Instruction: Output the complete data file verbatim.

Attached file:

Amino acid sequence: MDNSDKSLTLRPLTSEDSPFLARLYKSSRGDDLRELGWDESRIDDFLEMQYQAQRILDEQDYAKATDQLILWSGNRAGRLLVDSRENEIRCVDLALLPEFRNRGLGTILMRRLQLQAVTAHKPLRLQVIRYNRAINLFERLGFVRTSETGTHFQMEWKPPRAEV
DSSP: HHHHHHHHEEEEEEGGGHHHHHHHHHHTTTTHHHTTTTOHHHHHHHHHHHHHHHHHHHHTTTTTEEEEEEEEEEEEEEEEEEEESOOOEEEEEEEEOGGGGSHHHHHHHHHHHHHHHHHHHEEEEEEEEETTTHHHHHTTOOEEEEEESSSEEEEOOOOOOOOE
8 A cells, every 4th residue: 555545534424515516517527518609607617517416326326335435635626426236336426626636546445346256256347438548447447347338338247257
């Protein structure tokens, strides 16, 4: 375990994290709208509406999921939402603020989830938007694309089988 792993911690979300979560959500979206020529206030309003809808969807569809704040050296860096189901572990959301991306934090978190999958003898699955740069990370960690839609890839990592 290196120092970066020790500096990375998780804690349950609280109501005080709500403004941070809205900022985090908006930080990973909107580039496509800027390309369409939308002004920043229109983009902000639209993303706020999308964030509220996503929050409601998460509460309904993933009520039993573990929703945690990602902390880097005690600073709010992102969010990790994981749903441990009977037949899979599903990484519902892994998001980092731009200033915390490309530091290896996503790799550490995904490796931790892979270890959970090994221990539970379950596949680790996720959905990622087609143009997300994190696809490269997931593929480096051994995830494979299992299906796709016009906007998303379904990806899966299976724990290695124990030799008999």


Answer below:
Amino acid sequence: MDNSDKSLTLRPLTSEDSPFLARLYKSSRGDDLRELGWDESRIDDFLEMQYQAQRILDEQDYAKATDQLILWSGNRAGRLLVDSRENEIRCVDLALLPEFRNRGLGTILMRRLQLQAVTAHKPLRLQVIRYNRAINLFERLGFVRTSETGTHFQMEWKPPRAEV
DSSP: HHHHHHHHEEEEEEGGGHHHHHHHHHHTTTTHHHTTTTOHHHHHHHHHHHHHHHHHHHHTTTTTEEEEEEEEEEEEEEEEEEEESOOOEEEEEEEEOGGGGSHHHHHHHHHHHHHHHHHHHEEEEEEEEETTTHHHHHTTOOEEEEEESSSEEEEOOOOOOOOE
8 A cells, every 4th residue: 555545534424515516517527518609607617517416326326335435635626426236336426626636546445346256256347438548447447347338338247257
């Protein structure tokens, strides 16, 4: 375990994290709208509406999921939402603020989830938007694309089988 792993911690979300979560959500979206020529206030309003809808969807569809704040050296860096189901572990959301991306934090978190999958003898699955740069990370960690839609890839990592 290196120092970066020790500096990375998780804690349950609280109501005080709500403004941070809205900022985090908006930080990973909107580039496509800027390309369409939308002004920043229109983009902000639209993303706020999308964030509220996503929050409601998460509460309904993933009520039993573990929703945690990602902390880097005690600073709010992102969010990790994981749903441990009977037949899979599903990484519902892994998001980092731009200033915390490309530091290896996503790799550490995904490796931790892979270890959970090994221990539970379950596949680790996720959905990622087609143009997300994190696809490269997931593929480096051994995830494979299992299906796709016009906007998303379904990806899966299976724990290695124990030799008999």